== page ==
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Chest. 2005 Jul;128(1):48-54.

A randomized controlled trial to assess the optimal dose and effect of nebulized albuterol in acute exacerbations of COPD.

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Department of Respiratory Medicine, Leeds General Infirmary, Leeds LS1 3EX, UK.



Despite the widespread use of short-acting, inhaled beta(2)-agonists in acute exacerbations of COPD (AECOPDs), little is known about their optimal dose. The aims of this study are to compare the bronchodilator response to incremental doses of inhaled albuterol during and after recovery from an AECOPD, and to compare the effects of regular nebulized albuterol, 2.5 mg and 5 mg, on the speed of recovery.


Eighty-six patients admitted with an AECOPD were recruited. Each patient was administered incremental doses of inhaled albuterol on hospital admission and following recovery. Dose-response curves were constructed based on FEV(1) and peak expiratory flow rate (PEFR) recorded after each incremental dose. Patients were then randomized in a double-blind fashion to receive 2.5 mg or 5 mg of nebulized albuterol q4h until recovery. Twice-daily PEFR, the number of extra doses of bronchodilators, and side effects reported were recorded.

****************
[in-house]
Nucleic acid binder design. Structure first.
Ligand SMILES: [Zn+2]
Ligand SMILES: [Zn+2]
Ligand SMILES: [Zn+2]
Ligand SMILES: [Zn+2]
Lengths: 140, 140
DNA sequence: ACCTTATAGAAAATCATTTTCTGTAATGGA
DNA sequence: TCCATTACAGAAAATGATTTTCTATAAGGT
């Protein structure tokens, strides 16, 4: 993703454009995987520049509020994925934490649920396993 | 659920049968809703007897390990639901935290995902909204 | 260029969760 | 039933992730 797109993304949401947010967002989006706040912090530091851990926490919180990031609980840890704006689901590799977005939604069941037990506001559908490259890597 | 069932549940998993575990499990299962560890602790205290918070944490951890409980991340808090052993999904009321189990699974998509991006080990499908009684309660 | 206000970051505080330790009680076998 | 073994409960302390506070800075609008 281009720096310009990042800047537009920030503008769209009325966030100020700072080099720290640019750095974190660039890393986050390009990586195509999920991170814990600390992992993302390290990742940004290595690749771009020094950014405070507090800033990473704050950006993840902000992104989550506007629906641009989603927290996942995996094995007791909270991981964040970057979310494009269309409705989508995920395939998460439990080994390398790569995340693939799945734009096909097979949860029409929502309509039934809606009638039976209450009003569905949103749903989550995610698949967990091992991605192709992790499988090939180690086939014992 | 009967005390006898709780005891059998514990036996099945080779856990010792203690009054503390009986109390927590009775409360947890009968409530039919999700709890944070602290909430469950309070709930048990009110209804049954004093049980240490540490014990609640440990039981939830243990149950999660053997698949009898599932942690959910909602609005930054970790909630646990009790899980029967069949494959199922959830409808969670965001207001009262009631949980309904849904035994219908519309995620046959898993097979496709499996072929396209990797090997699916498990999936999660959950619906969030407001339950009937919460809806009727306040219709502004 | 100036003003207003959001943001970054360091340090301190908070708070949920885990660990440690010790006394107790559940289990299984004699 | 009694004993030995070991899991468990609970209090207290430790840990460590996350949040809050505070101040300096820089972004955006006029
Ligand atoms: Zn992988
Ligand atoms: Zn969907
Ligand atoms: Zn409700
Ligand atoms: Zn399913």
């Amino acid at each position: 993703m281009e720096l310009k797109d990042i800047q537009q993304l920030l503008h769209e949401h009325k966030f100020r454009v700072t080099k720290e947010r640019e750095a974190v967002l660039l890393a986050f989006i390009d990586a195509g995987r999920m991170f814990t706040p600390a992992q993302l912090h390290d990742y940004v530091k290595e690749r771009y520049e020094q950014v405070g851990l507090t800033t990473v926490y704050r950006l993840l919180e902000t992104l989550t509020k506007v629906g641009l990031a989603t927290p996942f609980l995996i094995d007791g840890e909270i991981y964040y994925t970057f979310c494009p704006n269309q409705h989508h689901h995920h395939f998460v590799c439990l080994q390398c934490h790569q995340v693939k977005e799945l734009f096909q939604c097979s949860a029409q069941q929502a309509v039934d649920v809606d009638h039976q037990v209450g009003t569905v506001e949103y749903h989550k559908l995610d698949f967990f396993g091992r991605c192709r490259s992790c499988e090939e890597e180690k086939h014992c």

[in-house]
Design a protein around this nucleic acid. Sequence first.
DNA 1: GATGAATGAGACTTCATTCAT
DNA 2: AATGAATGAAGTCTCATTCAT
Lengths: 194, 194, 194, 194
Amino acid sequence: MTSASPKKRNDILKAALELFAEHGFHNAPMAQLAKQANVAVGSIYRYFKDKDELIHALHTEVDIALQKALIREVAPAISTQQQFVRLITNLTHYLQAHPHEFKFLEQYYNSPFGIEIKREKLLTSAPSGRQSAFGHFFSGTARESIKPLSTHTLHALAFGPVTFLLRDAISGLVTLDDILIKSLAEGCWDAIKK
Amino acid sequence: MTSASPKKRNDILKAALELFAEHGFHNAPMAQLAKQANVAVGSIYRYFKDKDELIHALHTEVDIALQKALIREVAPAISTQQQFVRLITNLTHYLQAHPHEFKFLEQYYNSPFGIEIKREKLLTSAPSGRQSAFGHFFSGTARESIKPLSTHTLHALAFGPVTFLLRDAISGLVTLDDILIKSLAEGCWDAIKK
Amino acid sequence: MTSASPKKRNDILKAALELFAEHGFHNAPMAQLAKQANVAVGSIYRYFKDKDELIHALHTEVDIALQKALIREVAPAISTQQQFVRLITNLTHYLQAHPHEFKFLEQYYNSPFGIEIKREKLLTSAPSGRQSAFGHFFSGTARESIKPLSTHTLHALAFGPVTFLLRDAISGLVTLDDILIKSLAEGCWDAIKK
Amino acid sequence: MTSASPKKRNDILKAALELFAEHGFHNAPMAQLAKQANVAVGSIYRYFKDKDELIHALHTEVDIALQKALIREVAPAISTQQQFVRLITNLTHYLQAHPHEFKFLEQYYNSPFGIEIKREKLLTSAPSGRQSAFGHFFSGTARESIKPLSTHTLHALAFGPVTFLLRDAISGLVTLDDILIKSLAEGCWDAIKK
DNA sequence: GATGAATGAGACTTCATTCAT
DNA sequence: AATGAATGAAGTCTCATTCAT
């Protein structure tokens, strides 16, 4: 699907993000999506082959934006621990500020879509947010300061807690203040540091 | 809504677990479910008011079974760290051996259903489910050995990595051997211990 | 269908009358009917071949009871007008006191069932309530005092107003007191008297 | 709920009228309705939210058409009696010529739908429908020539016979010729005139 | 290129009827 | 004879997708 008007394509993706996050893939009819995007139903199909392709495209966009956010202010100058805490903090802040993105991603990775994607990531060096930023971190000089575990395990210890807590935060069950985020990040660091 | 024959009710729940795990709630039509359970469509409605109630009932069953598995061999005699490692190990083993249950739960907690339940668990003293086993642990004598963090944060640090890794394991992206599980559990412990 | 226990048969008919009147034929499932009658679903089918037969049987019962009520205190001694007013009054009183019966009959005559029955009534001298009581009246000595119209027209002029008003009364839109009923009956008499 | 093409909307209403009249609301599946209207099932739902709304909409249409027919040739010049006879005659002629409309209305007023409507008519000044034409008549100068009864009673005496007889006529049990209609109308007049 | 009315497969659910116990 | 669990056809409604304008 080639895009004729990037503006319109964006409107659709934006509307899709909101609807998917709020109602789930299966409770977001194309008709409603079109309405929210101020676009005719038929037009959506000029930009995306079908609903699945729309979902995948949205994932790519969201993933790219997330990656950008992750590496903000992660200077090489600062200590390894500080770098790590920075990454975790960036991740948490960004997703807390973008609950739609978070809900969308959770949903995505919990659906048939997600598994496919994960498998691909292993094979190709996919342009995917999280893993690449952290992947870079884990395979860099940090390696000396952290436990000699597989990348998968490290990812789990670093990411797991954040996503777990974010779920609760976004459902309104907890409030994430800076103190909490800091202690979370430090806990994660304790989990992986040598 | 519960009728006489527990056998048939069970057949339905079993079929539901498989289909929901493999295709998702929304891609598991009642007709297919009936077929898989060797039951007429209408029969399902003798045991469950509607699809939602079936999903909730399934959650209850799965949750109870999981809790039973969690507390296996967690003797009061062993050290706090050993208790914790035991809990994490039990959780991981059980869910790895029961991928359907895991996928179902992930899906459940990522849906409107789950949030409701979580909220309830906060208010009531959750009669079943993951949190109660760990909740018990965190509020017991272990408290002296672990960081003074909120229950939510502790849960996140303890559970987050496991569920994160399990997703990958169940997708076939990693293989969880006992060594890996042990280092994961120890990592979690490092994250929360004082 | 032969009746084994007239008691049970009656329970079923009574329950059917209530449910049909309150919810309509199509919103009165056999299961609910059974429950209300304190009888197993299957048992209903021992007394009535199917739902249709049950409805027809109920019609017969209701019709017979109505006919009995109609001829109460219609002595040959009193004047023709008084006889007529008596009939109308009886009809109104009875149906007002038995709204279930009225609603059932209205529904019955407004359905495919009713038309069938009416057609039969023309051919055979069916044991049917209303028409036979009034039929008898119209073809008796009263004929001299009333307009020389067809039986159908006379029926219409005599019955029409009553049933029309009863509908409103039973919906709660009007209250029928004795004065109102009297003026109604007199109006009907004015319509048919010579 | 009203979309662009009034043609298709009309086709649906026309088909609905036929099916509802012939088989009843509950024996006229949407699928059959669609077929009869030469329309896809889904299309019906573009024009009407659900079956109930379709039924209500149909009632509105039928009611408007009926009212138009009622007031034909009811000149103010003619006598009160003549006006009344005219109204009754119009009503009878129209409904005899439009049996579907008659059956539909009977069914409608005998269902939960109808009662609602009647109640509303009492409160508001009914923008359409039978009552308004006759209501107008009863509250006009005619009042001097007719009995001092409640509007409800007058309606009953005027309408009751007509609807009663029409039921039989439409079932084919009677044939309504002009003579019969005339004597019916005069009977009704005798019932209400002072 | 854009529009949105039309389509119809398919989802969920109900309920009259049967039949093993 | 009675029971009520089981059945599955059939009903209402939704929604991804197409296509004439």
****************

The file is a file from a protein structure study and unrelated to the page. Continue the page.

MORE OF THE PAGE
Maximal bronchodilation (Emax) FEV(1) (maximal bronchodilatory response to albuterol) increased from 0.64 +/- 0.27 L/min during the exacerbation to 0.94 +/- 0.38 L/min during recovery (p < 0.001). The Emax PEFR increased from 147.53 +/- 62.46 L/min to 222.94 +/- 73.82 L/min after recovery (p = < 0.001). There was no significant difference in rate of recovery of PEFR (p = 0.684), duration of hospital stay (p = 0.084), or side effects (p = 0.506) between the groups receiving 2.5 mg or 5 mg of nebulized albuterol.


There was significant improvement in Emax to inhaled albuterol as the COPD exacerbation resolved. There was no significant difference in outcomes including length of hospital stay or recovery of lung function between patients treated with regular 2.5 mg vs 5 mg of nebulized albuterol during an AECOPD.

[Indexed for MEDLINE]

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